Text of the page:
30th Oct 2023
Self-build and custom housing: changes to LA duties
Released On 10th Nov 2023
The Levelling Up and Regeneration Act (LURA) was given Royal Assent on 26th October 2023. We await further consultations, secondary legislation and guidance in order to bring the provisions in LURA fully into effect – however we note that Chapter 6 makes some important changes to the 2015 Self-Build and Custom Housebuilding Act. These relate to local authorities’ duty to grant planning permission for self-build and custom housing.
Local authorities are already required to give enough permissions each year to meet the demand for self-build and custom housing, evidenced by entries on their Register. Years are recorded as October-October base periods and the authority has 3 years in which to grant the permissions. In the past there has been some uncertainty about what counts as a suitable permission and how unmet demand is carried over after 3 years. This uncertainty will be cleared up by amendments to section 2a of The Self-Build and Custom Housebuilding Act.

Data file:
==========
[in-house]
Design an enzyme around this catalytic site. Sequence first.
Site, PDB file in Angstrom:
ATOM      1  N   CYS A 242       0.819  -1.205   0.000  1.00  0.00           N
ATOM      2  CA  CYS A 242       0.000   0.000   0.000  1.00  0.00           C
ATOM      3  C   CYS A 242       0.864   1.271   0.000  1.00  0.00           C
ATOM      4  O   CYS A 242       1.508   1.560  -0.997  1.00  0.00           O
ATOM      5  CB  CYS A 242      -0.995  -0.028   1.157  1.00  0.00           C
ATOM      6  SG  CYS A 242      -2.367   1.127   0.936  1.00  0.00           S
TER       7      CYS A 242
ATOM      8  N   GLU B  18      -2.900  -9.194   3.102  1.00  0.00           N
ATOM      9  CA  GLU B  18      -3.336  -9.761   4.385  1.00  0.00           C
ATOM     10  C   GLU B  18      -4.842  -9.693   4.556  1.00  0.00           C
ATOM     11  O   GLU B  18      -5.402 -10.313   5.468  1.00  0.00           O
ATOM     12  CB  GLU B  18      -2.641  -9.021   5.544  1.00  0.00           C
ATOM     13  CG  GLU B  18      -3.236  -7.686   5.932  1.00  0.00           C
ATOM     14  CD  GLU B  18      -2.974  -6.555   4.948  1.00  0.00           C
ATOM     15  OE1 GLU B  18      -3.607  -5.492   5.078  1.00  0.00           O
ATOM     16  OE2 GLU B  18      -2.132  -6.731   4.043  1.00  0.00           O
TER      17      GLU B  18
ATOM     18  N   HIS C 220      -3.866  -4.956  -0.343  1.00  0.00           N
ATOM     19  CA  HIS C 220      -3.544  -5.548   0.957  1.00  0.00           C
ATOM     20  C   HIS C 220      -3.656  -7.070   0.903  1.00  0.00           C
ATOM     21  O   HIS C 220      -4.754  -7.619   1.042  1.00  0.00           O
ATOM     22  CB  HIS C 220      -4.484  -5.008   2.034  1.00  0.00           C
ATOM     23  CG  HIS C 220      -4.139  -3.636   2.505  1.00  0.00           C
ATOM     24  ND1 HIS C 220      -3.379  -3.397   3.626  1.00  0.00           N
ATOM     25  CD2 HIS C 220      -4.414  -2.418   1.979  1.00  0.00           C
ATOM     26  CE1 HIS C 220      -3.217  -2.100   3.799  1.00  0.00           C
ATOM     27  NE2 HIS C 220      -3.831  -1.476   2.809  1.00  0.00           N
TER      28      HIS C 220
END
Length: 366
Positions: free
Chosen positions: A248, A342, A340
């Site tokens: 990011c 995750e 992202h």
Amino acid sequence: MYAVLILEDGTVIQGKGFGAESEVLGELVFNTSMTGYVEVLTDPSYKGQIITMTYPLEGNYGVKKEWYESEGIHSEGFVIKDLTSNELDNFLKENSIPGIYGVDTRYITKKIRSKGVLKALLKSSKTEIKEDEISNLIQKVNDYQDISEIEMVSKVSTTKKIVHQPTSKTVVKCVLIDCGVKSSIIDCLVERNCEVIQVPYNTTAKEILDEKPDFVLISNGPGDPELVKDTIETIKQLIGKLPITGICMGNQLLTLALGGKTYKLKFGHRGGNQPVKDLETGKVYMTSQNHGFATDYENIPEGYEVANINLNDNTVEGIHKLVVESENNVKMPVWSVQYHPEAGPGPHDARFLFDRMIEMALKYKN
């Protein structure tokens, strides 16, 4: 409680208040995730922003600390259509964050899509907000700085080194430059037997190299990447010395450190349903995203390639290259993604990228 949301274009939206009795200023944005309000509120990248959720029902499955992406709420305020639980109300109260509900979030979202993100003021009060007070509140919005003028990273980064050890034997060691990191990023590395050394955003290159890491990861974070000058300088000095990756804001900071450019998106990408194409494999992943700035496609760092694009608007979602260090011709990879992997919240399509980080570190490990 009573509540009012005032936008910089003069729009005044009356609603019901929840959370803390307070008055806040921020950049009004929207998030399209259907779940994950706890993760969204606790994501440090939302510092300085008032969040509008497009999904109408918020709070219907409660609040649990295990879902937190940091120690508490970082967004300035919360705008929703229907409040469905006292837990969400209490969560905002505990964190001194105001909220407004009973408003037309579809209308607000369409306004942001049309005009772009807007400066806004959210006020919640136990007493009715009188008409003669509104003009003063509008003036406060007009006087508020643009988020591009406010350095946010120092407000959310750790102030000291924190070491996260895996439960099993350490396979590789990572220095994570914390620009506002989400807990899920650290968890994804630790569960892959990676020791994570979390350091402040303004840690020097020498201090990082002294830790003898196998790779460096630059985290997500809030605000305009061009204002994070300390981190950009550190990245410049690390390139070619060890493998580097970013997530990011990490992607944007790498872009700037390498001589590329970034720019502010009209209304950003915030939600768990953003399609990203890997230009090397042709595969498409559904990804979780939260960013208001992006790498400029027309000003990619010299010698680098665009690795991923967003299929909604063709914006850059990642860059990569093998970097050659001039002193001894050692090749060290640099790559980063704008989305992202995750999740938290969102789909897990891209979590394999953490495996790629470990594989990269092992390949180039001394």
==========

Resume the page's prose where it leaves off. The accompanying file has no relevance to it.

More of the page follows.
The amendments to the wording mean that development permissions must specifically be for ‘the carrying out of self-build and custom housebuilding’. In ascertaining whether demand has been met, local authorities can no longer count what ‘could’ be self-build and custom housing (all single plots for example) only what is actually permitted as such.
It has also been clarified that demand not met within 3 base periods will be rolled over to the next base period.
This will put a greater focus on local authorities developing plan policies to generate enough serviced plots to meet demand and working with developers in particular to make sure that plots are provided in sufficient numbers. It will also be imperative that permissions for self-build and custom housing are recorded as such and further regulation may set out exactly how this should be done. In measuring whether demand has been met, authorities will need to start at base period 1 – a potential problem if early recording of relevant permissions is not clear. There could be increase in planning appeals in some areas where developers seek to challenge authorities who have not provided sufficient permissions.